For a breakfast experience that doesn't adhere to any diet, visit the Tin Pan Bakery. The shed-sized joint is just five minutes outside Wolfville and you'll leave as charmed as you are full. Thickcut homemade bread, an array of jams and hearty, smoky ham are well worth absorb yesterday's wine.
You can do it all here. There aren't a hundred wineries. There are less than 20, so make the rounds. While most of the vineyards in Nova Scotia are clustered in or near Wolfville, some very quaint and lovely sites are just an hour away. Jost and Bear River vineyards are two of the farthest from the winery epicentre, but they are worth the scenic drive.
The wines that shine in Nova Scotia are the aromatic whites and sparklings.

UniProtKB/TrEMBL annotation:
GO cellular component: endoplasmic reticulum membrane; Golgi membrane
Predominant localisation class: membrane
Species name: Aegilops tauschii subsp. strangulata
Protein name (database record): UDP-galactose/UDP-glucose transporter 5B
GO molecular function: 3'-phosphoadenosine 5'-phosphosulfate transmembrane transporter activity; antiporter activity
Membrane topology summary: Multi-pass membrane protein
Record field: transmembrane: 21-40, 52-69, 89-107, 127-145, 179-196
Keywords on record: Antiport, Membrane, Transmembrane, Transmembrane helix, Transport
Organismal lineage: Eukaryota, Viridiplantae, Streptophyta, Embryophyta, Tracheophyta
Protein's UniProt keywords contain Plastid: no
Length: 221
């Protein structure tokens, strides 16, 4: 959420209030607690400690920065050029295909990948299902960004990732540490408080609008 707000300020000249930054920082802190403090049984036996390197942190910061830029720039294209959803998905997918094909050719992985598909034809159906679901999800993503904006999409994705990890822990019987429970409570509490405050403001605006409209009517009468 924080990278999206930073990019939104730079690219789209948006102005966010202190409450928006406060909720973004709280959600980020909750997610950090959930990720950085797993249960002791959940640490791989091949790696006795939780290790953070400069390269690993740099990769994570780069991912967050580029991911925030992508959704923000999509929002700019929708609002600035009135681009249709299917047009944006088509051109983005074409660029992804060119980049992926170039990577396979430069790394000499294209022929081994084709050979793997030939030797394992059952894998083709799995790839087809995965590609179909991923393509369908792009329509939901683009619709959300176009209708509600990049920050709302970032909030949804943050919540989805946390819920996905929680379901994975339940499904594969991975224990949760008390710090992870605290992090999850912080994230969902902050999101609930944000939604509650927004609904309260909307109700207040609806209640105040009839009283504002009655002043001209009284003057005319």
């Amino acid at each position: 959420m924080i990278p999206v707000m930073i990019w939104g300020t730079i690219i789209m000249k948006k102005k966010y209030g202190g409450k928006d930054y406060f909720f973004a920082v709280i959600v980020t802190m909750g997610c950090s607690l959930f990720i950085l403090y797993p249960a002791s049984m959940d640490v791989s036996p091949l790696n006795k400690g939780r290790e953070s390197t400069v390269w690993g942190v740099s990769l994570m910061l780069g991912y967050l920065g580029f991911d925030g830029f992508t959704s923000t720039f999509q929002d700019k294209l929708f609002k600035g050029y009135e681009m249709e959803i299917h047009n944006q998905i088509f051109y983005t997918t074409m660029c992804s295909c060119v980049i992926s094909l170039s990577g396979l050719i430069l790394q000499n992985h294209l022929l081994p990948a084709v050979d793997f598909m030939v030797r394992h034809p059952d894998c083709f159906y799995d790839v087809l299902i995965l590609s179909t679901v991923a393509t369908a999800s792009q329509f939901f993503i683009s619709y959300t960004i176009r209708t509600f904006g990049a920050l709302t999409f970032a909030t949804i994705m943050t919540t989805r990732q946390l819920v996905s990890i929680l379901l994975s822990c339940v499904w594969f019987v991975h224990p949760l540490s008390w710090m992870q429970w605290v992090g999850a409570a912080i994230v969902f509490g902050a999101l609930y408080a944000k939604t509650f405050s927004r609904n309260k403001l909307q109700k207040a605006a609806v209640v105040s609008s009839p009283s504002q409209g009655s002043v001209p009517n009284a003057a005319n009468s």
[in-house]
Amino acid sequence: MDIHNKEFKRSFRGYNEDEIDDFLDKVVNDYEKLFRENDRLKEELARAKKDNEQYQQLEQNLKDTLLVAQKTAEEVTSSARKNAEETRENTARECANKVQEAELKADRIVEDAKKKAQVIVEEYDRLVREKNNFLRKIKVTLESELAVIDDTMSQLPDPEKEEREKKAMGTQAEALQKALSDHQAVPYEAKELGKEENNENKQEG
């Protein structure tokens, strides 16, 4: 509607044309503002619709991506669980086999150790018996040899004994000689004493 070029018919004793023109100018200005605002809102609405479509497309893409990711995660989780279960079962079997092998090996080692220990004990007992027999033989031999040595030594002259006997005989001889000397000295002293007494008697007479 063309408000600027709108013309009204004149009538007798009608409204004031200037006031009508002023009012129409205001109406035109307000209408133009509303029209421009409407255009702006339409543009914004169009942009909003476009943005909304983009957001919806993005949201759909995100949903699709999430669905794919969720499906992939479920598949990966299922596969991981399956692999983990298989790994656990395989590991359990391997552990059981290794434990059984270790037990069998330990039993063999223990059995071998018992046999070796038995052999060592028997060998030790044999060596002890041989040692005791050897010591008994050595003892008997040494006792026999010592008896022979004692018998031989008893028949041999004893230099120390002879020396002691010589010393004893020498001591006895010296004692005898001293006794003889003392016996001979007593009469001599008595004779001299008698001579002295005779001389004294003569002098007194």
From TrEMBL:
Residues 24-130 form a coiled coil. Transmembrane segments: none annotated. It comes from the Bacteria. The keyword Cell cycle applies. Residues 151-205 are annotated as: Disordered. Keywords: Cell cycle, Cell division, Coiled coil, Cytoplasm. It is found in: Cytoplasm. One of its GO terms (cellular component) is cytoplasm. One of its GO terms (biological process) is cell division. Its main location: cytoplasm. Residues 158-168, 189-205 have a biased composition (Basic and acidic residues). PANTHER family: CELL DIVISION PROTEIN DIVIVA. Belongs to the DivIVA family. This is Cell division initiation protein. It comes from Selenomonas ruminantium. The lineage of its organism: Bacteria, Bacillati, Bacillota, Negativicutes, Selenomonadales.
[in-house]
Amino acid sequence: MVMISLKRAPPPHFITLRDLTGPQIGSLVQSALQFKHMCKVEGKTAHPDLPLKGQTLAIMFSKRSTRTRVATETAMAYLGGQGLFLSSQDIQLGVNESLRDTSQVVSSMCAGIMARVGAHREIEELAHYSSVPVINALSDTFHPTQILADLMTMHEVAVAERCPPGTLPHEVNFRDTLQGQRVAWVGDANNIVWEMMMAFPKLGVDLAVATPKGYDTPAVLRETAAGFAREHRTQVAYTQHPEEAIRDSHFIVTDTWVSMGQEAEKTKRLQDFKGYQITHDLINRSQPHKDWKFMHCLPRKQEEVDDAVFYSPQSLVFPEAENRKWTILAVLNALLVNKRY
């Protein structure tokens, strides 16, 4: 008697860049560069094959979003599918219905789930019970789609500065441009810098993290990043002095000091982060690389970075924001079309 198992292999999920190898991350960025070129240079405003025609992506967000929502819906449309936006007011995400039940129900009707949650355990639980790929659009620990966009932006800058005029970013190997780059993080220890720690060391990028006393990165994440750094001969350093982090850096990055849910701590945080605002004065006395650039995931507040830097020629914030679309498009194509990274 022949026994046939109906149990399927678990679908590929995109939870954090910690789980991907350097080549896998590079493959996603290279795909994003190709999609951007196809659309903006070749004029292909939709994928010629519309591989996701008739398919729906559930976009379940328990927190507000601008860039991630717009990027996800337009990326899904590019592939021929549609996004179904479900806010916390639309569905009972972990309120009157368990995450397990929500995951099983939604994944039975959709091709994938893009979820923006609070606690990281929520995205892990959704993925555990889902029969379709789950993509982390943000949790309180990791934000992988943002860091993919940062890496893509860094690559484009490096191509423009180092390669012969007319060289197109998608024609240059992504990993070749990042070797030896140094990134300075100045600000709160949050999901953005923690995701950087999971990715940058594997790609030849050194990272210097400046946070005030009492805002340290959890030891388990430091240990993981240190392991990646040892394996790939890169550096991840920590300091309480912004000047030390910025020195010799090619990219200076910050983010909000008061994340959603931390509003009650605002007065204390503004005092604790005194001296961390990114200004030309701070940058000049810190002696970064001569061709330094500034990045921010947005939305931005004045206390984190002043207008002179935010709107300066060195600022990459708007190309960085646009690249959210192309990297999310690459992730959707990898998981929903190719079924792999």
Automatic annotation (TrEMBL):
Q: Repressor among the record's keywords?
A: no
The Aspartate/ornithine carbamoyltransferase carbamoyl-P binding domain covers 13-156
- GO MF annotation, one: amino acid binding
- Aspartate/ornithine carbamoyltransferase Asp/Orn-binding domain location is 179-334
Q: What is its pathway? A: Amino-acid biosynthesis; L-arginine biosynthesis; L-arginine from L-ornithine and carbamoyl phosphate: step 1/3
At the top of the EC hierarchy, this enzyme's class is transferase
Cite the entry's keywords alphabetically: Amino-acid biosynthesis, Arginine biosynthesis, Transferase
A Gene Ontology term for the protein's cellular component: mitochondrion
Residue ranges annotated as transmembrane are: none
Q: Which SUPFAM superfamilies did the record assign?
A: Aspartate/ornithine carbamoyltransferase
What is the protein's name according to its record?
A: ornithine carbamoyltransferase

L'Acadie Vineyard is a pioneer of traditional method sparkling wine production in the province. Winemaker Bruce Ewert and his family settled into the Gaspereau Valley in 2004 and founded l'Acadie to begin their sparkling wine program. Ewert had many years of experience as a winemaker and specialized Cozy & Quaint: The view from the top at Blomidon Inn | A quiet stroll amongst the vines in sparkling wines. The quality and price of their bubbly will make you want to go home with a case. To the surprise of some, l'Acadie also produces appassimento style red wines from Leon Millot and Luci Kuhlmann.